All Men Fear Me: An Alafair Tucker Mystery

Written by Donis Casey
Review by Jeanne Greene

Three years into World War I, the United States is mobilizing in support of its European allies. The debate over national responsibilities continues, taking different and sometimes pernicious forms. In little towns like Boynton, Oklahoma in 1917, even pro-war families struggle with the recently-introduced Draft Lottery. Should young sons be held back until called or allowed to enlist immediately? Death is preferable to the shame of conscientious objection, and pacifists are shunned.

All Men Fear Me revolves around a wife and mother at the hub of a large Oklahoma family. Alafair Tucker’s eldest son has enlisted, her younger son is an outspoken patriot, and her brother is a socialist whose activism angers and, perhaps, endangers the family. When radical pro-war factions accuse local immigrants of sabotage and espionage, and an evil outsider adds murder to the mix, Alafair and her family must reexamine their own values.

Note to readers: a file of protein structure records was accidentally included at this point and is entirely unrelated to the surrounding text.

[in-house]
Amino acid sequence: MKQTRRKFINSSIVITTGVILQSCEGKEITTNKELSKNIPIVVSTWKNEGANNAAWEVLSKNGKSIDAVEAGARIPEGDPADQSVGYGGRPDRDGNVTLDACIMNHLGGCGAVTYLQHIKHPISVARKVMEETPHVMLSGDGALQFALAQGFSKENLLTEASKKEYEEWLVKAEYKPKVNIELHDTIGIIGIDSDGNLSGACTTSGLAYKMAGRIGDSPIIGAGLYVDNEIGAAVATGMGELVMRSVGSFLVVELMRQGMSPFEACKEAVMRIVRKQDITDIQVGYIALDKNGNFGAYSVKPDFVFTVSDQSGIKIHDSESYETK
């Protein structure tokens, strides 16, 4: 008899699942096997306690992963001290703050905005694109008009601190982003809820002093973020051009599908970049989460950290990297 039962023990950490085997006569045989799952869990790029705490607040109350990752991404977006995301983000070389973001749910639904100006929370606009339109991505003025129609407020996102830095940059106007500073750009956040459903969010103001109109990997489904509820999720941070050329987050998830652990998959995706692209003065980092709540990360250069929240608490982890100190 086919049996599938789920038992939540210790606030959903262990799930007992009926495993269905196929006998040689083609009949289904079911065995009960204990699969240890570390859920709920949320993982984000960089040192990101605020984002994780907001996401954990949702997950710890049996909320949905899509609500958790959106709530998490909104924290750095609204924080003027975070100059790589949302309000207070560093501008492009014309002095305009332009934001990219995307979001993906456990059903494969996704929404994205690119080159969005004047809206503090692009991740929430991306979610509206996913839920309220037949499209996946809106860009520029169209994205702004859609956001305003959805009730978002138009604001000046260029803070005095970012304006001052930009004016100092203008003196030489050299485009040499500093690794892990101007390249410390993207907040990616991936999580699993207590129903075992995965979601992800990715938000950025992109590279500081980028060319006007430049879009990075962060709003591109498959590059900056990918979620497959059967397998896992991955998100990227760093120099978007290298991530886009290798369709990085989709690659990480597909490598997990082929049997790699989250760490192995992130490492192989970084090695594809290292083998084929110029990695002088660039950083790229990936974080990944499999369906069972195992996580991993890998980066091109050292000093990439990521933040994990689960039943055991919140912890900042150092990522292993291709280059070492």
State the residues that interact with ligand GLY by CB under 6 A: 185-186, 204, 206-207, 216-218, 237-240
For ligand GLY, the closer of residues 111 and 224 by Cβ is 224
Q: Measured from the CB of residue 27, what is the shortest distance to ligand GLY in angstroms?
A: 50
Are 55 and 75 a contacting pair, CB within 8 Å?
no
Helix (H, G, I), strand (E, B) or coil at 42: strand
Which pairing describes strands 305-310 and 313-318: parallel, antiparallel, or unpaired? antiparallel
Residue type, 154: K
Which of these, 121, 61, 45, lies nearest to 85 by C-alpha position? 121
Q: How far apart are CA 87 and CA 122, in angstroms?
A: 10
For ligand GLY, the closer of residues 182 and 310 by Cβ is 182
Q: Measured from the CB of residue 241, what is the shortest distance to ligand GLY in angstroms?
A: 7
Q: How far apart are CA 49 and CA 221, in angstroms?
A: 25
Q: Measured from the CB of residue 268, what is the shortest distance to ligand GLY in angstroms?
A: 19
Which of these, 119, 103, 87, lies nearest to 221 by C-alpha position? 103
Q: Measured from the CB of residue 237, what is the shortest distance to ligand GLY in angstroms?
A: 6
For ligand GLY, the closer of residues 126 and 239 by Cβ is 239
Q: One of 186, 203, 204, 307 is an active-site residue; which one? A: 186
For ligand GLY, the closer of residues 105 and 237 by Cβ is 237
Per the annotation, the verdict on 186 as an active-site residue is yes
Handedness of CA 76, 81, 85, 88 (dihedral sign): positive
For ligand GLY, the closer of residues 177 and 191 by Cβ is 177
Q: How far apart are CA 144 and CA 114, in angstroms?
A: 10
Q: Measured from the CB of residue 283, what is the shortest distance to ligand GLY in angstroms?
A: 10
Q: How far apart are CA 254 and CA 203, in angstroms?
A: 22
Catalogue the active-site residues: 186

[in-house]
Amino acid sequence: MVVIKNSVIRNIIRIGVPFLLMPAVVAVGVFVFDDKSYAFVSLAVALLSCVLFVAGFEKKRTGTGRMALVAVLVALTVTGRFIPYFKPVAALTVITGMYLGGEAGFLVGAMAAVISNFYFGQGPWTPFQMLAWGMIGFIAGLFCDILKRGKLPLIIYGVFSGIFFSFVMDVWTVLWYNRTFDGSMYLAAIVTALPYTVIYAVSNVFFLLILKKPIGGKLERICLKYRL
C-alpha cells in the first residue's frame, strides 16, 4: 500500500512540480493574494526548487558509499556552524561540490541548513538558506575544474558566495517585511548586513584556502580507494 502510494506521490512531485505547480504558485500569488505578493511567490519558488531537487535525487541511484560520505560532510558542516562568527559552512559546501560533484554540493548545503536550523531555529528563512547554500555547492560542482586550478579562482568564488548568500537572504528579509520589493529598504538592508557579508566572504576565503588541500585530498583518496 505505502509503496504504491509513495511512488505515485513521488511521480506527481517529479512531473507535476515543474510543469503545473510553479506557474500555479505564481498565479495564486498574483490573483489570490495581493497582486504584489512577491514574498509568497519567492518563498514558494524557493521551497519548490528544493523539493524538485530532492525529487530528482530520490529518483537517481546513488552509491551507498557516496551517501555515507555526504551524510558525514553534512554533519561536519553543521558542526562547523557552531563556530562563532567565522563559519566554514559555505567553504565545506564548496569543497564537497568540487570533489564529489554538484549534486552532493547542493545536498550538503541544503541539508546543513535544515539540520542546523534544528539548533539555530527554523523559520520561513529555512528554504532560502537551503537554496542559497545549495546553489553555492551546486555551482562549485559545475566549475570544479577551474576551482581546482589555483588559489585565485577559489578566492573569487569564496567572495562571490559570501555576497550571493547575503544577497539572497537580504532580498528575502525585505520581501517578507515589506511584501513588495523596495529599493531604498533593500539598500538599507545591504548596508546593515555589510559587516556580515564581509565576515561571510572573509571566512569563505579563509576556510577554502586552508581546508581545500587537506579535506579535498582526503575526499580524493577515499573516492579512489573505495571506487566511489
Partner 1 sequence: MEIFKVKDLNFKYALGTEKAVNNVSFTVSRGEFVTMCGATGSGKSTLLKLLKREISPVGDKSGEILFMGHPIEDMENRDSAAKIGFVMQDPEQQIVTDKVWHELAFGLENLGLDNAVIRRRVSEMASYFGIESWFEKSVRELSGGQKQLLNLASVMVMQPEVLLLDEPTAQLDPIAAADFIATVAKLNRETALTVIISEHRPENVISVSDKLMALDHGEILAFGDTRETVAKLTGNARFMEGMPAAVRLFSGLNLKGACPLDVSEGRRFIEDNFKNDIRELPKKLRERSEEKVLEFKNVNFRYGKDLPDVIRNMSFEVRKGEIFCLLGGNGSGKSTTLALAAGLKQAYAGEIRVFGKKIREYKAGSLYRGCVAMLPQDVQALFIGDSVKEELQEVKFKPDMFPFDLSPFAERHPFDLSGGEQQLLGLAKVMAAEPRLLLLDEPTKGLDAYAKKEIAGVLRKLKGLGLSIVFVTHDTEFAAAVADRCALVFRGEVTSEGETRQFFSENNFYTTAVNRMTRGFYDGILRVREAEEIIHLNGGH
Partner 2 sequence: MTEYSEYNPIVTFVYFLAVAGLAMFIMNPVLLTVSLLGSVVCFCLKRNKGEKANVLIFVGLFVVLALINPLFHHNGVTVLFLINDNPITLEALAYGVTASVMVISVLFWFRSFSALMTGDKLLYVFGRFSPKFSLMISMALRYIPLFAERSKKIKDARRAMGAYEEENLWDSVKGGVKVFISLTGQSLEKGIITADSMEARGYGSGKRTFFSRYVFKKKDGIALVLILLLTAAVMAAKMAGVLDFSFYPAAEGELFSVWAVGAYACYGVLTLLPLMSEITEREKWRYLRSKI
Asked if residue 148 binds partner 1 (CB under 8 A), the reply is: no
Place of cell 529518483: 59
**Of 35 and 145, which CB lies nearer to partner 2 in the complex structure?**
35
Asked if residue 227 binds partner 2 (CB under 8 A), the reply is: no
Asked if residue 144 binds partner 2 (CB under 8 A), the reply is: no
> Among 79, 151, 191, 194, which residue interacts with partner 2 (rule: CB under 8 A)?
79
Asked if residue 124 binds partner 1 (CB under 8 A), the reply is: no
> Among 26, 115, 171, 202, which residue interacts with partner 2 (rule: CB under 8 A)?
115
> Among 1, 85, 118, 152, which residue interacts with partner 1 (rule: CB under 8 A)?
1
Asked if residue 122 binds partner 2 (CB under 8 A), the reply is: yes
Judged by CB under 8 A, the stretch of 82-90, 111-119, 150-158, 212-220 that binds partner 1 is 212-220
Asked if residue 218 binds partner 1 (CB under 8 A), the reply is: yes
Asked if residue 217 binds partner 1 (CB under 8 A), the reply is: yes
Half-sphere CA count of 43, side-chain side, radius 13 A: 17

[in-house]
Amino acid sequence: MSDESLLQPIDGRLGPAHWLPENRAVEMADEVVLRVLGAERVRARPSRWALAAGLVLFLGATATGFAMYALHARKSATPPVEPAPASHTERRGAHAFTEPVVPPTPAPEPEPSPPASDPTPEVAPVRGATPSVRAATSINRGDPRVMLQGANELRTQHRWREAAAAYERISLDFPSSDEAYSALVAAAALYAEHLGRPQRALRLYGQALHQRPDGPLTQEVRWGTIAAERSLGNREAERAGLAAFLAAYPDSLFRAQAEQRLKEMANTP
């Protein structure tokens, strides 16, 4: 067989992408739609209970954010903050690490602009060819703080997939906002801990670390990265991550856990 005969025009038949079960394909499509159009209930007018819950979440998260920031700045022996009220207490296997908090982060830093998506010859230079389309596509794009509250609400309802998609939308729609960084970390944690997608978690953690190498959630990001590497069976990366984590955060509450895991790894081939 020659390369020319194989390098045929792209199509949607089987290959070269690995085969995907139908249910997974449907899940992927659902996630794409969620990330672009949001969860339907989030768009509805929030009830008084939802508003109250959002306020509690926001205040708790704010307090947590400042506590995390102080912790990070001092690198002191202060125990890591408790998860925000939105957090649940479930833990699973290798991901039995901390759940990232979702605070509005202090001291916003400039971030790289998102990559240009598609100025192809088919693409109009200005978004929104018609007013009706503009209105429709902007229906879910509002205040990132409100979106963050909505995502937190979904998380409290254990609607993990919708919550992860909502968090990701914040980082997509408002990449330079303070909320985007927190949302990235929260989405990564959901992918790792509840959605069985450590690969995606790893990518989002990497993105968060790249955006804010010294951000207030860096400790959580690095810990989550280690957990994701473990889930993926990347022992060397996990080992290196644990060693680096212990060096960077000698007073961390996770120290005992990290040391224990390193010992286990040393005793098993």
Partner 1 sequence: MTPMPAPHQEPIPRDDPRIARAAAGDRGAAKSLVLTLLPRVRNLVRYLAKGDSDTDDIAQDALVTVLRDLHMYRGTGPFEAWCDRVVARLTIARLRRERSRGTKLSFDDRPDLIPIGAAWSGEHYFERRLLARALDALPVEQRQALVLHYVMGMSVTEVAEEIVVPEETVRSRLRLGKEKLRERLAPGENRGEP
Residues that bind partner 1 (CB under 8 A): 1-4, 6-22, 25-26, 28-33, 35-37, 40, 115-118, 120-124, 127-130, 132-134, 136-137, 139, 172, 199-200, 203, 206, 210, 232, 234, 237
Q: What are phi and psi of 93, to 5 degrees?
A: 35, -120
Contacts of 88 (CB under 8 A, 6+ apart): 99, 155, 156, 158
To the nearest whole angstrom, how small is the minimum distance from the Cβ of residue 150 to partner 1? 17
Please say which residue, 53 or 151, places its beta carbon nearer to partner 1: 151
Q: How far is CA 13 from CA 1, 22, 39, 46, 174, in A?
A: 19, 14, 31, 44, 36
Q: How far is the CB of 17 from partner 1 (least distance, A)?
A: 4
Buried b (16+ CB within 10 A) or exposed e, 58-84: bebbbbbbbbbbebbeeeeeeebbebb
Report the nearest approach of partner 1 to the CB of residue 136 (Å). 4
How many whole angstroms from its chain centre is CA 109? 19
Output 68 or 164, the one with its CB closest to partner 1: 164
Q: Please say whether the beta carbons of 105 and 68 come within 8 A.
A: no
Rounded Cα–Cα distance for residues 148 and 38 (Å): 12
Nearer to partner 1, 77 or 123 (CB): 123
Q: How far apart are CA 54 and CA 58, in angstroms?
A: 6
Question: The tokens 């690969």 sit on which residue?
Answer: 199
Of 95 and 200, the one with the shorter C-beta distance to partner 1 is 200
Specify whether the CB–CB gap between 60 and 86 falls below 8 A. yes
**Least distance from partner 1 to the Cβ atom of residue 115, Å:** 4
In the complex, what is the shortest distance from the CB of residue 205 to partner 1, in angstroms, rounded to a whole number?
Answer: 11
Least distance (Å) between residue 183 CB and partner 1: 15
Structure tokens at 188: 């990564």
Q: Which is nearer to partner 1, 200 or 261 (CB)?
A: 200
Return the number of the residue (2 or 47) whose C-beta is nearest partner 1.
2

Casey gives full expression to opposing points of view in what was a contentious era, but stock characters, especially when one is the Devil, make sections tedious. The eighth in Casey’s Alafair Tucker mysteries (after Hell with the Lid Blown Off) is for series fans.